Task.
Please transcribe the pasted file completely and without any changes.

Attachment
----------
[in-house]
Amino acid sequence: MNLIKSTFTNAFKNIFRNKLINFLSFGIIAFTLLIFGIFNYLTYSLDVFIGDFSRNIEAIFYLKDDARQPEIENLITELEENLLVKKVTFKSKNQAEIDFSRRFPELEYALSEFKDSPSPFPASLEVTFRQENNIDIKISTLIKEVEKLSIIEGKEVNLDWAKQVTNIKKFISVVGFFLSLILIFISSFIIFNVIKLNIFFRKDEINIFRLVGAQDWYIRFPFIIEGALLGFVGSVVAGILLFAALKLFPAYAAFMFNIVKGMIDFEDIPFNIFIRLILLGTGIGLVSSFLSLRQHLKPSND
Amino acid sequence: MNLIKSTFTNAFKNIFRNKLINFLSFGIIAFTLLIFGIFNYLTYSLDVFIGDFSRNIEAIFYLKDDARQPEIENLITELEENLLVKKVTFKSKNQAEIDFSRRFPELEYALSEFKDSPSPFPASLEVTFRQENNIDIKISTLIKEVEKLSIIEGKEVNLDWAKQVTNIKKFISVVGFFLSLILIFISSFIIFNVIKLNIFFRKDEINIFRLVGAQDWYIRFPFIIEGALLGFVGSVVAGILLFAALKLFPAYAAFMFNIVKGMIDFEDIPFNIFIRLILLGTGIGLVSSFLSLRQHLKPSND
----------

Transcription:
[in-house]
Amino acid sequence: MNLIKSTFTNAFKNIFRNKLINFLSFGIIAFTLLIFGIFNYLTYSLDVFIGDFSRNIEAIFYLKDDARQPEIENLITELEENLLVKKVTFKSKNQAEIDFSRRFPELEYALSEFKDSPSPFPASLEVTFRQENNIDIKISTLIKEVEKLSIIEGKEVNLDWAKQVTNIKKFISVVGFFLSLILIFISSFIIFNVIKLNIFFRKDEINIFRLVGAQDWYIRFPFIIEGALLGFVGSVVAGILLFAALKLFPAYAAFMFNIVKGMIDFEDIPFNIFIRLILLGTGIGLVSSFLSLRQHLKPSND
Amino acid sequence: MNLIKSTFTNAFKNIFRNKLINFLSFGIIAFTLLIFGIFNYLTYSLDVFIGDFSRNIEAIFYLKDDARQPEIENLITELEENLLVKKVTFKSKNQAEIDFSRRFPELEYALSEFKDSPSPFPASLEVTFRQENNIDIKISTLIKEVEKLSIIEGKEVNLDWAKQVTNIKKFISVVGFFLSLILIFISSFIIFNVIKLNIFFRKDEINIFRLVGAQDWYIRFPFIIEGALLGFVGSVVAGILLFAALKLFPAYAAFMFNIVKGMIDFEDIPFNIFIRLILLGTGIGLVSSFLSLRQHLKPSND